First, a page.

Hong Kong Plans Massive City on Chinese Border as Cure for Unrest
(Bloomberg) -- Hong Kong’s leader outlined plans for a massive urban development on the border with China that appeared designed both to ease the world’s most expensive housing market and prove her own loyalty to Beijing.
The new “Northern Metropolis” will eventually provide homes for as many as 2.5 million residents, or a third of the city’s current population, Hong Kong Chief Executive Carrie Lam said Wednesday in the last annual policy address of her current term.
The major development answers Beijing’s call for the city to ease pressure on the world’s least-affordable housing market that Chinese officials consider a catalyst for 2019’s mass protests, which led to the imposition of a national security law. It also puts hard infrastructure behind Chinese President Xi Jinping’s vision for Hong Kong’s closer integration with nearby mainland cities such as Shenzhen and Guangzhou.
“I am confident that Hong Kong is much stronger than ever, and I am most convinced that Hong Kong can integrate into the overall development of the country,” Lam told the city’s Legislative Council, which has been purged of opposition members who were either disqualified, resigned in protest or jailed while awaiting trial on national security charges.
The announcement of the symbolic new development -- whose name mirrors Guangzhou’s moniker as China’s so-called Southern Metropolis -- was front and center in an occasionally combative policy address that emphasized how China’s imposition of a national security law helped restore political stability to the former British colony.
The city’s ever-tightening relationship with the mainland comes as its reputation as an open, international financial hub continues to suffer from strict pandemic travel restrictions and sharper rhetoric on foreign interference -- including what Lam called the “incessant and gross interference in Hong Kong affairs by external forces” in her speech.
The speech was derided as a platform for Lam’s re-election, Lo Kin-hei, chairman of the Democratic Party, at a press briefing Wednesday afternoon.
“The audience is not the Hong Kong people,” he said. “It’s not the Hong Kong residents but the central government ... A lot of people are moving out of Hong Kong. They are emigrating to overseas. It didn’t address that. It didn’t talk about how they are going to reconcile the problems in Hong Kong.”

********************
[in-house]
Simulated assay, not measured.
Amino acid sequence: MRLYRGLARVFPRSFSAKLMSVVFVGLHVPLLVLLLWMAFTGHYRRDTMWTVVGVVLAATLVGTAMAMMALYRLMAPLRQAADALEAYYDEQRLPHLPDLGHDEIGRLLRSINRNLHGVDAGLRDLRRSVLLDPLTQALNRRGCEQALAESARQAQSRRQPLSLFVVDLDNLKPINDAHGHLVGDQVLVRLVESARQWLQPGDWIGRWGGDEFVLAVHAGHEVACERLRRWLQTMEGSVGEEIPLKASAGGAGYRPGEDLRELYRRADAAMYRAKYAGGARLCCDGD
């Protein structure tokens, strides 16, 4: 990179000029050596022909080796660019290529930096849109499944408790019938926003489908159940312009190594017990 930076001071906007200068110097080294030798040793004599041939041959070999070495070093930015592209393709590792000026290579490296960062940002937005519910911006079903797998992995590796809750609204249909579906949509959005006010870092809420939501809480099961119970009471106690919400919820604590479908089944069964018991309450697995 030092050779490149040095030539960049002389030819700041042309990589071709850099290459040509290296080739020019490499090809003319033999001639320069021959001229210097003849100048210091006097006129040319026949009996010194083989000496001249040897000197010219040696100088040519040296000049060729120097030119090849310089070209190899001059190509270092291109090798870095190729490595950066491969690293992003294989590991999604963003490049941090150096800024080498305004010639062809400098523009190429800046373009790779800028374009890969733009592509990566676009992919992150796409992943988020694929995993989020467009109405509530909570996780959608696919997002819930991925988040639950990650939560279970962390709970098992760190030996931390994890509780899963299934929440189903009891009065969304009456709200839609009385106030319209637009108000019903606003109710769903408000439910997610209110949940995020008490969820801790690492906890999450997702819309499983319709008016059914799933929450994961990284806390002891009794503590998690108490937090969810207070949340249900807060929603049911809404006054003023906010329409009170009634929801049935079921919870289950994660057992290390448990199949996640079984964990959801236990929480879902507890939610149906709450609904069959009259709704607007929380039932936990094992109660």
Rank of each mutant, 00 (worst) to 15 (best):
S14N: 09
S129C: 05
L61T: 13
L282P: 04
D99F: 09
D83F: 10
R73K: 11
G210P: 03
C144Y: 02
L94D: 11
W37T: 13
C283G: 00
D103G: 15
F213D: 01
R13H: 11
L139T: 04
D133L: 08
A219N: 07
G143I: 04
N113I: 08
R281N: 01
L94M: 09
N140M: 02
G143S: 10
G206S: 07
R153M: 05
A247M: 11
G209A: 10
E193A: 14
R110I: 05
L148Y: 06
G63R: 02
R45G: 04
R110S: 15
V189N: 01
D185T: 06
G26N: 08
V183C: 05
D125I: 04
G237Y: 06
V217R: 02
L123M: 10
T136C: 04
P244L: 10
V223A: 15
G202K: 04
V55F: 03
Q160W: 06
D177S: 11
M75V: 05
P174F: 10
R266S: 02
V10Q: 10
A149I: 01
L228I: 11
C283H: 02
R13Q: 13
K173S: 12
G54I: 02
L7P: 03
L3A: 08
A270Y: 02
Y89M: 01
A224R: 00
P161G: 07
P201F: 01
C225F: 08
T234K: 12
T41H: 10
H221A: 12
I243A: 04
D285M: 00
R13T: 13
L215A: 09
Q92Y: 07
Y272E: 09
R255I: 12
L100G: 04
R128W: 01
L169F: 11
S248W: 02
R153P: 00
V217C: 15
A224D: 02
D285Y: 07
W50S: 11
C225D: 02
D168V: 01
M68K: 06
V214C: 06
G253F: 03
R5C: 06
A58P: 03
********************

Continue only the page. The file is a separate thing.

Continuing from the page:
Economists were skeptical the northern plan, which had no timeline, would help solve the city’s housing problems in the near term.
“The problem is that none of this is immediate,” said Alicia Garcia Herrero, chief economist for Asia Pacific with Natixis SA. Given the project’s “location and size,” she added that it would likely accommodate migrants from mainland China, easing concerns about “Hong Kong’s sudden loss of population.”
The plan calls for the development of a 300 square-kilometer (115.83 square mile) area -- 27% of Hong Kong’s total size -- into an international information technology hub that will ultimately have as many as 926,000 residential units, including an existing 390,000 units in Yuen Long and the North District. A series of proposed rail links to Shenzhen would facilitate cross-border travel.
Lam called for some government offices to be based in the north, where she projected jobs would increase to 650,000, including 150,000 in the IT sector.
“The land development near the Shenzhen border should in the long term help resolve the housing problem and at the same time facilitate the interconnectedness with Shenzhen and the Greater Bay Area,” said Tommy Wu, lead economist with Oxford Economics in Hong Kong. “However, there was really nothing on tackling housing supply shortage in the short term.”
It’s possible that Lam decided to focus on long-term planning as it was the last address of her current administration, he said.
Other proposals in the address included:
- Splitting up the Transport and Housing bureaus; setting up a Culture, Sports and Tourism bureau; creation of an expanded Innovation, Technology and Industry bureau
- Allowing the southbound trade of mainland stocks denominated in the yuan
- Using about 350 hectares of land to build about 330,000 public housing units in the next 10 years
- Securing about 170 hectares of land in the next decade to facilitate 100,000 private residential units through land sales or railway property developments for tender
- Devoting about HK$240 billion ($31 billion) over the next 15 to 20 years to address climate change, with an interim target to cease using coal for daily electricity by 2035
- Plans to build a “mega courtroom” to handle a large number of pending cases
Lam’s tumultuous five-year term, which ends in June, has been marked by huge anti-government protests, widespread international criticism about the national security law, and the Covid-19 pandemic that worsened a recession and led to unprecedented border controls in the top Asian financial hub.
She began the speech with a broad defense of the national security law, praise for China’s move to drastically alter the city’s democratic elections and an attack on the now mostly-jailed pro-democracy opposition for stalling legislation that could have benefited Hong Kong residents.
She also pledged the government would deepen the city’s security architecture by passing legislation to implement a security provision of the city’s charter that calls for, among other things, measures to ban treason, sedition and theft of state secrets. An attempt by Hong Kong’s local administration to enact that legislation in 2003 prompted widespread protests.
At the outset, she credited the central government for providing her with “staunch support” throughout and said under the protection of the national security law and the principle of patriots ruling Hong Kong, the city had “got back on the right track of one country, two systems.”
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